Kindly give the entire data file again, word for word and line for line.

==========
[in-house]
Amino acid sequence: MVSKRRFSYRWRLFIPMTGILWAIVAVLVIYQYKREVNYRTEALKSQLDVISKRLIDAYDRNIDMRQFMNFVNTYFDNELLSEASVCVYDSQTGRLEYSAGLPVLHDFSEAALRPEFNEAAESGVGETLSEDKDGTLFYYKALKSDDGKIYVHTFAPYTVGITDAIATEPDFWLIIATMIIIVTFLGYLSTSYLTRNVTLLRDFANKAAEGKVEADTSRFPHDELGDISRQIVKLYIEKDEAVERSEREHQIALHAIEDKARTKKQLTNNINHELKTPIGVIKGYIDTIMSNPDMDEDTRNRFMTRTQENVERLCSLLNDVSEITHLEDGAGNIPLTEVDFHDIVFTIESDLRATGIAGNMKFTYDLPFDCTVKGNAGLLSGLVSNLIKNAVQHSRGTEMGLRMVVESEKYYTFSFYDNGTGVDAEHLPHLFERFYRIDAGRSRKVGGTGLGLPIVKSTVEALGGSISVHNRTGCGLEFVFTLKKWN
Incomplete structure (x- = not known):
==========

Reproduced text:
[in-house]
Amino acid sequence: MVSKRRFSYRWRLFIPMTGILWAIVAVLVIYQYKREVNYRTEALKSQLDVISKRLIDAYDRNIDMRQFMNFVNTYFDNELLSEASVCVYDSQTGRLEYSAGLPVLHDFSEAALRPEFNEAAESGVGETLSEDKDGTLFYYKALKSDDGKIYVHTFAPYTVGITDAIATEPDFWLIIATMIIIVTFLGYLSTSYLTRNVTLLRDFANKAAEGKVEADTSRFPHDELGDISRQIVKLYIEKDEAVERSEREHQIALHAIEDKARTKKQLTNNINHELKTPIGVIKGYIDTIMSNPDMDEDTRNRFMTRTQENVERLCSLLNDVSEITHLEDGAGNIPLTEVDFHDIVFTIESDLRATGIAGNMKFTYDLPFDCTVKGNAGLLSGLVSNLIKNAVQHSRGTEMGLRMVVESEKYYTFSFYDNGTGVDAEHLPHLFERFYRIDAGRSRKVGGTGLGLPIVKSTVEALGGSISVHNRTGCGLEFVFTLKKWN
Incomplete structure (x- = not known):